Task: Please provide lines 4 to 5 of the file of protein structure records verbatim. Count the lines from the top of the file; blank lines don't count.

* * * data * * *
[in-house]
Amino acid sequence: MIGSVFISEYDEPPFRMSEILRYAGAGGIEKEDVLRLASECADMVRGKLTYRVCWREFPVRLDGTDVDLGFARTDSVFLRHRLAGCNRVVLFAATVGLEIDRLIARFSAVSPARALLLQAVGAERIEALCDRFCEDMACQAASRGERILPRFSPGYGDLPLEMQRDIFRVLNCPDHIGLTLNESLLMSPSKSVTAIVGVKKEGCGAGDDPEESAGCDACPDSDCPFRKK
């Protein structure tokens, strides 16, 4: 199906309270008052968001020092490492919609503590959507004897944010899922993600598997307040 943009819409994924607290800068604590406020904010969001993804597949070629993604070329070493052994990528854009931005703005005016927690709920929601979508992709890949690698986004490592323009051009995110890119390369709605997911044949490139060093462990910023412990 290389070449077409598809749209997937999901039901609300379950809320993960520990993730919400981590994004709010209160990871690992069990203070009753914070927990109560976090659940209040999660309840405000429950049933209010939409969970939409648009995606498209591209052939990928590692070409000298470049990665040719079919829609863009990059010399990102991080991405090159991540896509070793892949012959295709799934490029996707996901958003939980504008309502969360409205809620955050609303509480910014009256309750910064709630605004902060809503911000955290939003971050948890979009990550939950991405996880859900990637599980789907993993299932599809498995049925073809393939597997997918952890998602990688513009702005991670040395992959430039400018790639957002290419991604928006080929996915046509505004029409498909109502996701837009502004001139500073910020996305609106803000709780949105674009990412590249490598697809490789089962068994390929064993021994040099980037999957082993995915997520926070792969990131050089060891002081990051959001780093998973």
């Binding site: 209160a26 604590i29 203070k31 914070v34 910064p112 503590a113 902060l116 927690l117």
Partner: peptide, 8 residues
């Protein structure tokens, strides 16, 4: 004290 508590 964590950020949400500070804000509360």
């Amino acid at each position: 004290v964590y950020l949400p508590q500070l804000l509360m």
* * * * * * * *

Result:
């Binding site: 209160a26 604590i29 203070k31 914070v34 910064p112 503590a113 902060l116 927690l117």
Partner: peptide, 8 residues